On Appeal From the United States District Court For the Western District of Pennsylvania. D.C. Criminal Action No. 92-238
Before: Sloviter, Chief Circuit Judge and Stapleton, Circuit Judge, and Restani, Court of International Trade Judge*fn1
Defendant-appellant Cheryl Schneider ("Schneider") appeals from the judgment of conviction rendered against her on January 15, 1993 following a jury trial before the United States District Court for the Western District of Pennsylvania. The question presented is whether the crime of embezzlement is described by the language of 18 U.S.C. § 661 (1988). We conclude that it is, and thus we affirm.
On November 12, 1992, a one-count indictment was issued against Schneider, charging her with theft of funds, committed within the special territorial jurisdiction of the United States under 18 U.S.C. §§ 661 and 662 (1988). At the time of the indictment, Schneider was a full-time unit administrator with the United States Army Reserve, as well as secretary-treasurer for Local 2970 of the American Federation of Government Employees ("Local 2970").*fn2 The funds stolen were the property of the union.
Initially, an audit for Local 2970 had been scheduled by the Department of Labor as a result of the local's failure to file two annual financial reports. During the course of the audit, the investigator determined that nine checks written to Schneider were not properly recorded in the union's disbursement journal, and eight of the nine checks lacked accompanying backup documentation. Schneider was subsequently charged with having stolen money from the union by writing these checks payable to herself as reimbursements for undocumented expenses she allegedly incurred on behalf of the union.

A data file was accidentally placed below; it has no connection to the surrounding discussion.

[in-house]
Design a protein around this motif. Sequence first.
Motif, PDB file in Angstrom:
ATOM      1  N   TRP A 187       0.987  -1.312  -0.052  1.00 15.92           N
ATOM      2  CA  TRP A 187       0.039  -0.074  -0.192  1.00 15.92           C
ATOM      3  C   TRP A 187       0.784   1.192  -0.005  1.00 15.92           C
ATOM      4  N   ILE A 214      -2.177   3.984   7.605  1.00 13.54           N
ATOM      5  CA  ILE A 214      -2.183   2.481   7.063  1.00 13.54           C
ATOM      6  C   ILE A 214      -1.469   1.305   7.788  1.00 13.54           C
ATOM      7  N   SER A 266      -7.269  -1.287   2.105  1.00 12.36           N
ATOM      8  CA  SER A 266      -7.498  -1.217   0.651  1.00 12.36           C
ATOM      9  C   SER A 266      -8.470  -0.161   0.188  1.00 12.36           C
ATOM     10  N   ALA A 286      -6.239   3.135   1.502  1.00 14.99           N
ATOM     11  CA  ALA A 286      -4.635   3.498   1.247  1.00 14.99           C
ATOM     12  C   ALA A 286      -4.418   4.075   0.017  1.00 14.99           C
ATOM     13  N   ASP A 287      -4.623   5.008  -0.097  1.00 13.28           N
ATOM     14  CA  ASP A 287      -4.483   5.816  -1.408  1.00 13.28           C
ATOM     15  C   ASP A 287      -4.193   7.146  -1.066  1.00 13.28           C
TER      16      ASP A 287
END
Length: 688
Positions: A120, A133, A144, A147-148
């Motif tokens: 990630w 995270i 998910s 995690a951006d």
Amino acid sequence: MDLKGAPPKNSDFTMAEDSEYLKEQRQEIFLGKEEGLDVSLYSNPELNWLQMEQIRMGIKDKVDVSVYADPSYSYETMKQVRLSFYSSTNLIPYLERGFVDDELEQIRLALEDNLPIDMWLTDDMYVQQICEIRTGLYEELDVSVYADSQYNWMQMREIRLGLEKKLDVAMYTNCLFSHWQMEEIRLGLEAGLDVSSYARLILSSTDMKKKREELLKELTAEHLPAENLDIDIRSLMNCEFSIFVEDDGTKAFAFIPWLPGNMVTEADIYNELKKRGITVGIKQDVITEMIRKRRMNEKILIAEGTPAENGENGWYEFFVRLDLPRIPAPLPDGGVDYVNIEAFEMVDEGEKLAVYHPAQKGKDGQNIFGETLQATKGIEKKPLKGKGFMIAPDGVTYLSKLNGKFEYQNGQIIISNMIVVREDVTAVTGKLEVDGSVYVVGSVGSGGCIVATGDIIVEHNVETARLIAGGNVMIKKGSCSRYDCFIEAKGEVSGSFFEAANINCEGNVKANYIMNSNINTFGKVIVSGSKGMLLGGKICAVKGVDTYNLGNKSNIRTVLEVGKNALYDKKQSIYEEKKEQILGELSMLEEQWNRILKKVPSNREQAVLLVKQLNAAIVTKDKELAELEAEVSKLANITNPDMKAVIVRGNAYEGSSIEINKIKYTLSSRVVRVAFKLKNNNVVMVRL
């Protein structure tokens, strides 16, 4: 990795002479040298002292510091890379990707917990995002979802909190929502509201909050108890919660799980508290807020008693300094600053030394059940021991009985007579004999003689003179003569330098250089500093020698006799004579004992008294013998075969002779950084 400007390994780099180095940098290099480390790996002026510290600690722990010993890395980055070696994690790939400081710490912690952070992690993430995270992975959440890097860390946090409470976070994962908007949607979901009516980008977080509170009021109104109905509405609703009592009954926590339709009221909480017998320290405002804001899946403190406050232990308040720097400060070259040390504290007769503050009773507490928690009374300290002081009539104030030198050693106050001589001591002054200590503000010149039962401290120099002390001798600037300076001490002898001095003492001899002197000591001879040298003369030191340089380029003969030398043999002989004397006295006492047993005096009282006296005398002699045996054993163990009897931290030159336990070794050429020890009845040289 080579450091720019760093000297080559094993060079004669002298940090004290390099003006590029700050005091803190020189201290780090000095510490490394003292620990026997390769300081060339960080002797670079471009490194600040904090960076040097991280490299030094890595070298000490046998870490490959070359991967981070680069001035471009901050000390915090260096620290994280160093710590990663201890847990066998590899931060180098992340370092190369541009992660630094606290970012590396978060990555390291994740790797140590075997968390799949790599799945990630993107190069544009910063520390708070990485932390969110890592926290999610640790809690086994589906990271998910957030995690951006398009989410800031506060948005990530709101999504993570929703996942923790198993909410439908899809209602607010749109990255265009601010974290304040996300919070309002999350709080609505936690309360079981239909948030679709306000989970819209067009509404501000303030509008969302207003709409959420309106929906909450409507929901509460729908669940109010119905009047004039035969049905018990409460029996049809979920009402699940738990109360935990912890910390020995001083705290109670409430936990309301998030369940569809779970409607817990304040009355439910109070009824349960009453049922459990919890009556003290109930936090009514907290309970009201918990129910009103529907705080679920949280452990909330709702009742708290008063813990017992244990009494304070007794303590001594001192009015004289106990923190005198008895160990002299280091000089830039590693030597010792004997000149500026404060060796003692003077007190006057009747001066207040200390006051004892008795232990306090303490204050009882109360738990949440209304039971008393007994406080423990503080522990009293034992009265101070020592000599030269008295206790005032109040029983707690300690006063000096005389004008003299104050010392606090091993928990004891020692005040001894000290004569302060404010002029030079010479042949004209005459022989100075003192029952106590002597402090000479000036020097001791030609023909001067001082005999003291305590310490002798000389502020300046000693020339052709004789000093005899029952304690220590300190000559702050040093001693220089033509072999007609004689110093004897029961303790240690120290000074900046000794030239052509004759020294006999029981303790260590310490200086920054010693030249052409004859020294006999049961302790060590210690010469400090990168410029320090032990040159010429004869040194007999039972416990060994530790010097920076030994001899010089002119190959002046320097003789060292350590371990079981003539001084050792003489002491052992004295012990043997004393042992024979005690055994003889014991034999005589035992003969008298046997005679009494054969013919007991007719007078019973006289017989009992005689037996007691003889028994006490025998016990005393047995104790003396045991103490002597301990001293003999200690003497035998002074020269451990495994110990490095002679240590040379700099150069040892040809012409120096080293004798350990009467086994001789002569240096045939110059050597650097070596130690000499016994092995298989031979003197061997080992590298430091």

Schneider's trial began on January 11, 1993, and a verdict was reached on January 15, 1993. On January 27, Schneider filed a motion for judgment of acquittal, which was denied. Schneider was sentenced on March 31, 1993 to six months of house detention and three years of probation. Schneider also was ordered to pay restitution of $1,485.00, and a special assessment of $50.00.
On appeal, Schneider asserts that the motion for judgment of acquittal was improperly denied, as the charged offense defined in 18 U.S.C. § 661 does not include the act of embezzlement of funds. Schneider also argues that the jury was instructed incorrectly on this point.
In this case, appellate jurisdiction is based on 28 U.S.C. § 1291 (1988), as the appeal is from a final judgment of a district court. An appeal from a denial of a motion for judgment of acquittal is subject to de novo review, where the question is one of statutory interpretation. United States v. Tabacca, 924 F.2d 906, 910 (9th Cir. 1991). A plenary standard also applies to a review of jury instructions where their interpretation turns on a matter of statutory construction. United States v. McGill, 964 F.2d 222, 235 (3d Cir.), cert. denied, 121 L. Ed. 2d 588, 113 S. Ct. 664 (1992); United States v. Messerlian, 832 F.2d 778, 789 (3d Cir. 1987), cert. denied, 485 U.S. 988, 99 L. Ed. 2d 501, 108 S. Ct. 1291 (1988). The charge to the jury, taken as a whole and in light of the evidence presented, must fairly and adequately submit the issues in the case to the jury. McGill, 964 F.2d at 235; Messerlian, 832 F.2d at 789.
Chapter 31 of Title 18 of the United States Code is captioned as "Embezzlement and Theft." Section 661, which is found ...